No summer break in school board discord
Greens and Dems snipe over board rules
By Chris Busby
Portland public school students are on vacation this summer, but there’s been no break in the partisan bickering that’s plagued the Portland School Committee for much of the past year. Though the nine-member school committee is, officially, a non-partisan board, the five members registered to vote as Democrats and four Green Independent Party members have been sniping at one another like Democrats and Republicans in Congress.
The latest flare-up was ignited by Green board member Ben Meiklejohn, who’s running for the state legislature this fall. On July 31, Meiklejohn announced that the four Greens on the board (Stephen Spring, Jason Toothaker, Susan Hopkins and himself) would be meeting at the fountain in Lincoln Park on Aug. 3 to discuss the possibility of reducing school administrative staff.
Assistant superintendent Dana Allen had recently announced his resignation, and Meiklejohn said he thought this presented a good opportunity to cut administrative costs by leaving Allen’s position unfilled. In addition, Meiklejohn and Spring expressed concern early last week that the administration would begin a search for Allen’s replacement immediately, and bring forward a candidate for the job before the board had a chance to debate whether or not the position should be filled.
But Meiklejohn also had another motive. The meeting in the park was intended to challenge the belief, held by some board Democrats, that it is illegal for three or more board members to meet and discuss school-related matters outside official meetings.
Last fall, the four Greens introduced a new initiative called the Class of 2023, a project to ensure every student has an opportunity to graduate from college. Some board Dems alleged the Greens had met as a group outside any formal board meeting to craft the proposal, in violation of board rules and state law.
The Greens deny this, saying they communicated one-on-one about the Class of 2023 proposal, but Meiklejohn has since come to believe that even if they had met as a group, such discussions are legal. Opinions to the contrary are like “a looming cloud over us that’s very suppressive of us interacting… and exercising our right to free speech,” he said.
The Greens’ concern about Allen’s position was largely assuaged at the full school board’s formal meeting on Aug. 2, when Superintendent Mary Jo O’Connor announced the assistant superintendent job would not be filled before school starts again this fall. O’Connor and other top administrators will take on Allen’s duties, and the job shuffling will result in a reduction of one-half of a salaried position this year, saving about $60,000 in pay and benefits, according to administrators. Meanwhile, a board-initiated “efficiency study” of the schools’ administration will be conducted in hopes of identifying further savings, said School Committee Chairwoman Ellen Alcorn.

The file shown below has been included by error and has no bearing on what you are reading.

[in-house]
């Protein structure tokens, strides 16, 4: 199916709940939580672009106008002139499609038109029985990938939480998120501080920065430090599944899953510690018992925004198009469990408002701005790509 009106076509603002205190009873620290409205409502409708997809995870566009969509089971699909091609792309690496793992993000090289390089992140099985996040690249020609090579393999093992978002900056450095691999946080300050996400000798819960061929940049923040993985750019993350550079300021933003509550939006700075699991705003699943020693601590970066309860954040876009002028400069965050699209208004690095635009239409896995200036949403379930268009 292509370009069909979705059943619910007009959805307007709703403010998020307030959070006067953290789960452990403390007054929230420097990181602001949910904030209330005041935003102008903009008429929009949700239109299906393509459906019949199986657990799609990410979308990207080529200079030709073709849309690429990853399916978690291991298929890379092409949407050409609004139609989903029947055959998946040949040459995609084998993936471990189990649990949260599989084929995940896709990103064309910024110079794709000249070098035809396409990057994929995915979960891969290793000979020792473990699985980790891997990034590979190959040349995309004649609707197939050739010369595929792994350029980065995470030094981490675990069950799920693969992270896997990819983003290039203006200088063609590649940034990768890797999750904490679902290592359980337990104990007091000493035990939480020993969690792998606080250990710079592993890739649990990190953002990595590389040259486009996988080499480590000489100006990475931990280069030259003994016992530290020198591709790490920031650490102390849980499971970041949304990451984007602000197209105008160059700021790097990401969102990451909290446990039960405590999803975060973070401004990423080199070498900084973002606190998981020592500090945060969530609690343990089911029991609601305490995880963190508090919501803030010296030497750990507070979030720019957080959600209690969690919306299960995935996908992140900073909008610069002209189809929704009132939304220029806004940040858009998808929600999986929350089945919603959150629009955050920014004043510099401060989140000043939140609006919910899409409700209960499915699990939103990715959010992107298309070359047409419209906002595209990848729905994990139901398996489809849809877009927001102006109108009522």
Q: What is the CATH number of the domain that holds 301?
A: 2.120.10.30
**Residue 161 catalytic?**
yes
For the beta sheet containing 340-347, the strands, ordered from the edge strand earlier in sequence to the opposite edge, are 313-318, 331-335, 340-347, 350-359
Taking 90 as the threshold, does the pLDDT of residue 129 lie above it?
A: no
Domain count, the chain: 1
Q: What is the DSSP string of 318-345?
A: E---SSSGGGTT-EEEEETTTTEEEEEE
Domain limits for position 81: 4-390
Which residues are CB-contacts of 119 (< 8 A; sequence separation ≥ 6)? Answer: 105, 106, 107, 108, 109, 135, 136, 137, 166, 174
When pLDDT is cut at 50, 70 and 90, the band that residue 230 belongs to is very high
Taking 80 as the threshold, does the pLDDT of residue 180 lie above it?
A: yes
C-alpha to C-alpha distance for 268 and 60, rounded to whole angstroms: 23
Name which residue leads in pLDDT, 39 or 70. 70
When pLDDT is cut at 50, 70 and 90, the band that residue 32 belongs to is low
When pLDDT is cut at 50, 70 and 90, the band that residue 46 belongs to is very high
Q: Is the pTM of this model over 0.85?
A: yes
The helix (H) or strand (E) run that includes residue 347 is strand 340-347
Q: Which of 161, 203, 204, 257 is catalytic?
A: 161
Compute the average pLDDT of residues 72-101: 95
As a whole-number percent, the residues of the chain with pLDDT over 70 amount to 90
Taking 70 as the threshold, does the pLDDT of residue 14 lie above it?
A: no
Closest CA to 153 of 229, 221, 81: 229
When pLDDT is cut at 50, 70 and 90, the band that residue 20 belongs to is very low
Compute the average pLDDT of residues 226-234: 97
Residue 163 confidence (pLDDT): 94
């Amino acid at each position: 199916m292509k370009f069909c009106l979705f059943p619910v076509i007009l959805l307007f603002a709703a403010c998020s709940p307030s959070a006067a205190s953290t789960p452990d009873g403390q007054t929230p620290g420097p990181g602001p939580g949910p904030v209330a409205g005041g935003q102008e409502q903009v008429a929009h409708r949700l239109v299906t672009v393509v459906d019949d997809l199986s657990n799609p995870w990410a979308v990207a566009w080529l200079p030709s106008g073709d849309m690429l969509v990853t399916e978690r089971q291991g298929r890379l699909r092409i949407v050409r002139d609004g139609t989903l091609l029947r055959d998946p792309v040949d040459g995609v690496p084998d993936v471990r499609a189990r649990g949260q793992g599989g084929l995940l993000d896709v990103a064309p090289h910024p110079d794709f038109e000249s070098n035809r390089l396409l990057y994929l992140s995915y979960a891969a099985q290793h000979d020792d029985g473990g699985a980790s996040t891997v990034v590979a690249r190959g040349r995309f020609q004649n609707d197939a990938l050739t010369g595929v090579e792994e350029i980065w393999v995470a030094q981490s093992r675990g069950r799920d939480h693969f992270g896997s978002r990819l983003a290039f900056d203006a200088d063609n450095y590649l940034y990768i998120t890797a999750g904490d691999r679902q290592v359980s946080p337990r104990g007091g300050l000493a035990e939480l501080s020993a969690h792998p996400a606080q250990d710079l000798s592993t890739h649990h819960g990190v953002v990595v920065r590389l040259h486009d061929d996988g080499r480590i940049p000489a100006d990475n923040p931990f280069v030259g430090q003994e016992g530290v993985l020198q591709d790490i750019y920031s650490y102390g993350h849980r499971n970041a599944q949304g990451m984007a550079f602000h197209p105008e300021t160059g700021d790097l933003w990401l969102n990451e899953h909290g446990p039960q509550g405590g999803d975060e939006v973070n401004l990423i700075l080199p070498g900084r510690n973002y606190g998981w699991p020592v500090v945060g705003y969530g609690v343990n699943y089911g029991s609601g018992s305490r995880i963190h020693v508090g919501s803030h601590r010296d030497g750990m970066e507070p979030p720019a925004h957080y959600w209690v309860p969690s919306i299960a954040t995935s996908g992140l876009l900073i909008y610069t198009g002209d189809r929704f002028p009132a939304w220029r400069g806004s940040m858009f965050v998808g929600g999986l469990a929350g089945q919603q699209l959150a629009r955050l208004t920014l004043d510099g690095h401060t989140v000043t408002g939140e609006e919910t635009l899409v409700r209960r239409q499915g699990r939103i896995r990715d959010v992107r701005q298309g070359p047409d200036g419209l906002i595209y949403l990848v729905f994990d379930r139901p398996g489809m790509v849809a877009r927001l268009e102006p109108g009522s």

During an Aug. 1 interview with The Bollard, Alcorn said she was mystified as to why the Greens felt a need to meet outside the normal schedule of official board meetings. “It seems there’s an implication that some of us care more about administrative efficiencies [than others],” she said. “If that is the perception, I would take issue with that.
“We just need to have some better accountability in place,” Alcorn continued. “We need to stop functioning in the realm of political rhetoric [and gather] more data about decisions.”
Functioning in the realm of political rhetoric
The three Green board members who showed up at the park last Thursday afternoon – Meiklejohn, Spring and Toothaker – talked casually about the preceding evening’s developments, expressing satisfaction that savings would result from administrative restructuring this year and hope that further savings will be found following additional study.
No votes were taken during the 20-minute gathering, which was attended by this reporter and city government watchdog Steven Scharf, an occasional opinion columnist for The West End News. Spring said he hopes to make the meetings in the park a regular, biweekly event during which board members of either political party and members of the public can discuss school matters in a relaxed atmosphere.